Despite the success of Germany’s dual system, it cannot provide a blueprint for other countries. Every economy has its history, traditions and culture. Some attempts to directly transplant the German system have not succeeded, such as in the case of Korea. India must of course design policies which respond to its specific situation.
While one size does not fit all, Germany’s system does give much food for thought for other countries, like India. But as rapid technological change and globalization are dramatically changing the world economy, VET systems are being challenged to adapt, even in Germany according to Bertelsmann’s Jorg Drager, at a recent Bertelsmann Stiftung and Infosys conference.
Looking ahead, VET faces five challenges as an employment-oriented education system of the future, according to Drager. These are the shortened half-life of know-how, the drift towards academization, the challenge of integration of the lowly skilled, the mobility of talent, and the competition for talent.
Dräger concluded that there is a future for VET, if it adapts to the following global trends: the need for “learning to learn”, not only know-how; better integration with other parts of the education system; offering different levels (not just one level) of apprenticeships; developing international standards; and protecting company interests, especially against poaching of staff and intellectual property.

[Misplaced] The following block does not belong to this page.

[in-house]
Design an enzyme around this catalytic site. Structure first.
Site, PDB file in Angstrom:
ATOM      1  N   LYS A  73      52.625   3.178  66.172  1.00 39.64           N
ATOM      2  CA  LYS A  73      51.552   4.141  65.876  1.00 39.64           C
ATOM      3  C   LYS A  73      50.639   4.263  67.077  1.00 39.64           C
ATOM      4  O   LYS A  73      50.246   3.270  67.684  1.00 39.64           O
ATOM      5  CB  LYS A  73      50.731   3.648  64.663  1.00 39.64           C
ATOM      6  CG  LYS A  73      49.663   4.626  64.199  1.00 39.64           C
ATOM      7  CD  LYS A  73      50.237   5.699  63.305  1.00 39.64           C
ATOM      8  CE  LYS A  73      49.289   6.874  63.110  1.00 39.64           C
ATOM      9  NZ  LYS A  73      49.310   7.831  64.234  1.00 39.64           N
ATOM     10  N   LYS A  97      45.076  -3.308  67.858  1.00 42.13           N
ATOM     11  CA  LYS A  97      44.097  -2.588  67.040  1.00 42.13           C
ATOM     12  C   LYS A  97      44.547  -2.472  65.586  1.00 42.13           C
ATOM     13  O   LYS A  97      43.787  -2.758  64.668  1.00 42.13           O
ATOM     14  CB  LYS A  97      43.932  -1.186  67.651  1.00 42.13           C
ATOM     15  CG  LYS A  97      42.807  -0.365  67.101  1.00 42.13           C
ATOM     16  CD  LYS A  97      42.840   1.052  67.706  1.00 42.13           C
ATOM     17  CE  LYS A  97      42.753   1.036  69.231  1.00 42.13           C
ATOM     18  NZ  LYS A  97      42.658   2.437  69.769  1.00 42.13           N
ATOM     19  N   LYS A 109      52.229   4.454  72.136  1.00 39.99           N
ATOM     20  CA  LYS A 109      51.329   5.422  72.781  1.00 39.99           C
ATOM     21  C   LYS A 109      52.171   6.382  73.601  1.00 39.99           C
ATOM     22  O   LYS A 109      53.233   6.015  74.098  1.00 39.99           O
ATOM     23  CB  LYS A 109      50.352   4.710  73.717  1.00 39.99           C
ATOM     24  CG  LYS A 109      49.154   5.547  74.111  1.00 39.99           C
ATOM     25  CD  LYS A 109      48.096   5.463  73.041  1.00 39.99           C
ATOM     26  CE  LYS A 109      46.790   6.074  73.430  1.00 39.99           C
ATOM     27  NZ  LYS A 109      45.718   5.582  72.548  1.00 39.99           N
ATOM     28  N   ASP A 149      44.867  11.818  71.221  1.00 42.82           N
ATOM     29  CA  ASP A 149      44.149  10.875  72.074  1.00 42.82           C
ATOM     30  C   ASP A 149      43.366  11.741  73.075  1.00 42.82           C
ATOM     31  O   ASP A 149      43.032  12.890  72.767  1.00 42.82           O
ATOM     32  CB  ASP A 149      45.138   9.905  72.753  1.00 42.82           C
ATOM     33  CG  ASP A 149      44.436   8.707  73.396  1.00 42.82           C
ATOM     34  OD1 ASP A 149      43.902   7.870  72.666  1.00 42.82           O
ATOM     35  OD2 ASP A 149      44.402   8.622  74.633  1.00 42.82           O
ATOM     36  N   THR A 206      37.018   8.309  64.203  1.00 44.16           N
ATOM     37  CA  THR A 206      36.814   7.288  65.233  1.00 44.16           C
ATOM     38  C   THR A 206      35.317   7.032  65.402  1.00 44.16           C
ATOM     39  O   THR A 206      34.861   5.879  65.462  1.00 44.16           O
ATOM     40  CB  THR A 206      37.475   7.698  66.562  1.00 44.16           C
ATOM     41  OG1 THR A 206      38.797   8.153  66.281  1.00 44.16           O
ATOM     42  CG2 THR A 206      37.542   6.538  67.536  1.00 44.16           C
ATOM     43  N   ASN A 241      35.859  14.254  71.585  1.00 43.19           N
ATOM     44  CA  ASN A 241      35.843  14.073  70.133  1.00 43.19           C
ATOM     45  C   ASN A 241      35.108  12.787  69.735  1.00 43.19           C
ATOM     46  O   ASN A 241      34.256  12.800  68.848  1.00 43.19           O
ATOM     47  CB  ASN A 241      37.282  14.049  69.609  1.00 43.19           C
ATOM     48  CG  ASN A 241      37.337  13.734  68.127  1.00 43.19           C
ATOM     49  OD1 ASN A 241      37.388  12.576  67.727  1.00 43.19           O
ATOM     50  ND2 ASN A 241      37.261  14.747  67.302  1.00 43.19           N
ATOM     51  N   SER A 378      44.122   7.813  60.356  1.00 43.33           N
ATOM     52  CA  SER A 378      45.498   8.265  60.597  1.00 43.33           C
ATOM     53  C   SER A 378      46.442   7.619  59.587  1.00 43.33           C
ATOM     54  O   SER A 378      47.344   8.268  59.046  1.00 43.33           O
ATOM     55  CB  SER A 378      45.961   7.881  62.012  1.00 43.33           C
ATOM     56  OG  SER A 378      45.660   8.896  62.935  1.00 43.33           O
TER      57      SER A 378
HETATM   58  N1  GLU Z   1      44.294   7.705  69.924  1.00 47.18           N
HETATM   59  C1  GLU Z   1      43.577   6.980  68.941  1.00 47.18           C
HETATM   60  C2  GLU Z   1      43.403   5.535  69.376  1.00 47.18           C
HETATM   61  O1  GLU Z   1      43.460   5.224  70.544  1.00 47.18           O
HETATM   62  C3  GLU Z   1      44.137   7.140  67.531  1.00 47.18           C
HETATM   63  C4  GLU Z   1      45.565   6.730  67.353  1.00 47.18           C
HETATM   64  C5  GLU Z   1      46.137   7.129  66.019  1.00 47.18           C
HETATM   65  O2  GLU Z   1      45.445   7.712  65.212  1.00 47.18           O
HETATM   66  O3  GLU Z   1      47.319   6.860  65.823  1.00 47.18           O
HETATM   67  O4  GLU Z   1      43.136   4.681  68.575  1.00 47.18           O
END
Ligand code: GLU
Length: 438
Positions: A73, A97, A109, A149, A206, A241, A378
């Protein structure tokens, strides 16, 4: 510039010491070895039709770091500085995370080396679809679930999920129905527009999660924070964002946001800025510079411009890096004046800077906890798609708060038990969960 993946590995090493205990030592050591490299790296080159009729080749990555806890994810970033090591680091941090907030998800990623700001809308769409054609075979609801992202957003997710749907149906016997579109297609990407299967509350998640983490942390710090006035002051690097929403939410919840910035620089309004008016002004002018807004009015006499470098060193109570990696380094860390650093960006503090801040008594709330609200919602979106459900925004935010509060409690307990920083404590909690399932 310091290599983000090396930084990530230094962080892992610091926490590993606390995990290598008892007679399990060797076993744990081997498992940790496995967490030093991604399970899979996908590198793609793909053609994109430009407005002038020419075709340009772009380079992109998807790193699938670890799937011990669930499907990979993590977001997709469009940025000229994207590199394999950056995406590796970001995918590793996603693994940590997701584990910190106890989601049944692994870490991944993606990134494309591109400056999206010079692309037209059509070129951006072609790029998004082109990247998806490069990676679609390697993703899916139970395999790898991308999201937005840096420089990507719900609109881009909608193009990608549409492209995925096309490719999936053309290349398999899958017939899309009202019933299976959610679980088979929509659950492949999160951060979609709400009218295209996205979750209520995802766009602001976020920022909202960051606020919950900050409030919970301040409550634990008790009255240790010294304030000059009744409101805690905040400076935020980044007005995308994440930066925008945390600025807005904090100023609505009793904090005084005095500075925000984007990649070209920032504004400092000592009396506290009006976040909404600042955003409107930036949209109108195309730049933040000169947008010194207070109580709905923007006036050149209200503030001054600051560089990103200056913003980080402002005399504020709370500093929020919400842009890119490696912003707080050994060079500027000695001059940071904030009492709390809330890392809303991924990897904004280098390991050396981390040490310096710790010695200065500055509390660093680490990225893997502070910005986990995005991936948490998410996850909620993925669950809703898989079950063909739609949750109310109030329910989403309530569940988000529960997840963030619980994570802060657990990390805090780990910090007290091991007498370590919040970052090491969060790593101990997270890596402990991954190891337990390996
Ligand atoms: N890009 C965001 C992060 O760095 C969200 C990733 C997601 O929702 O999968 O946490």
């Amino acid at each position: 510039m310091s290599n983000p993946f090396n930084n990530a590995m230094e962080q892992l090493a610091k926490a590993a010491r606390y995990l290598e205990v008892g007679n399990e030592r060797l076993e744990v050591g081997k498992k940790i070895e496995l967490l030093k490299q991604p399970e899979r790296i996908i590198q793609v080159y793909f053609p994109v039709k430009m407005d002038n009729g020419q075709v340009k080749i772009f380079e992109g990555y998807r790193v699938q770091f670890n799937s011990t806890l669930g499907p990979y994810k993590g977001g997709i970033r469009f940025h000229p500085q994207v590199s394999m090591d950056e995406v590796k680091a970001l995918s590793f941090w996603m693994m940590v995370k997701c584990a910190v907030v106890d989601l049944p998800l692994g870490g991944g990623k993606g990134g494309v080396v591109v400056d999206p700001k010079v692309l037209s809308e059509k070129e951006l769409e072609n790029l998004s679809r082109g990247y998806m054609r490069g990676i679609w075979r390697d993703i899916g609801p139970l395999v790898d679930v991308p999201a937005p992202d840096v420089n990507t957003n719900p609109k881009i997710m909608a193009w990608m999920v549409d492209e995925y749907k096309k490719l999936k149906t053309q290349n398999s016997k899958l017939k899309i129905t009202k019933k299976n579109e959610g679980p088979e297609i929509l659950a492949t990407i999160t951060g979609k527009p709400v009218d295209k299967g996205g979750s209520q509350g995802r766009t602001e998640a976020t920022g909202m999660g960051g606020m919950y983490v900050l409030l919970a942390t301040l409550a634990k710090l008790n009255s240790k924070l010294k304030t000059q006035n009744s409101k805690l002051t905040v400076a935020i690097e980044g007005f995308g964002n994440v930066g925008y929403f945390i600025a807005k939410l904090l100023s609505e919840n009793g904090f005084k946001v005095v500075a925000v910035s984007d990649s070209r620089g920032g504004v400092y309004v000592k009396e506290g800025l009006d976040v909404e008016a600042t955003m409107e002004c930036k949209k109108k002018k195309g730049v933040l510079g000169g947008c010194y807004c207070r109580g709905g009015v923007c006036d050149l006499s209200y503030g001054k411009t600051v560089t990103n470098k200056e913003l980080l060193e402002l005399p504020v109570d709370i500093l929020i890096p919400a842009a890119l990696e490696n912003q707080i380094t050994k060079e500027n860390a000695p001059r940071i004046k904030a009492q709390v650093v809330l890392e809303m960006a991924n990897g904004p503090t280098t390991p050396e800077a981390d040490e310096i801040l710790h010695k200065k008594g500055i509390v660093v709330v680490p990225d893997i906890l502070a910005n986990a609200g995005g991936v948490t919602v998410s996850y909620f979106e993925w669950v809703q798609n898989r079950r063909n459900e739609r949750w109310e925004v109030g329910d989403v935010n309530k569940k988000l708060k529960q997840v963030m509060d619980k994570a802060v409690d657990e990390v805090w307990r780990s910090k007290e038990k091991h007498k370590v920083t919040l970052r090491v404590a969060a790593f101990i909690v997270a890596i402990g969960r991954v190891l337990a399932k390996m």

The fact that German companies doing business in India, including Bosch, BMW and Volkswagen, are very active training their workers, and are willing to do more, provides hope that the German approach can contribute to solving India’s skills crisis.
Lessons from Google
Google is the best company to work for, according to “the most extensive employee survey in corporate America” conducted by Fortune magazine. So what skills and qualities does it look for in its employees?
“There are five hiring attributes we have across the company,” explained Laszlo Bock, the senior vice president of people operations for Google.
For every job the No. 1 attribute is general cognitive ability, and it’s not I.Q. It’s learning ability. It’s the ability to pull together disparate bits of information.
The second is leadership. Not traditional leadership, like were you president of the chess club. But when faced with a problem and you’re a member of a team, do you, at the appropriate time, step in and lead.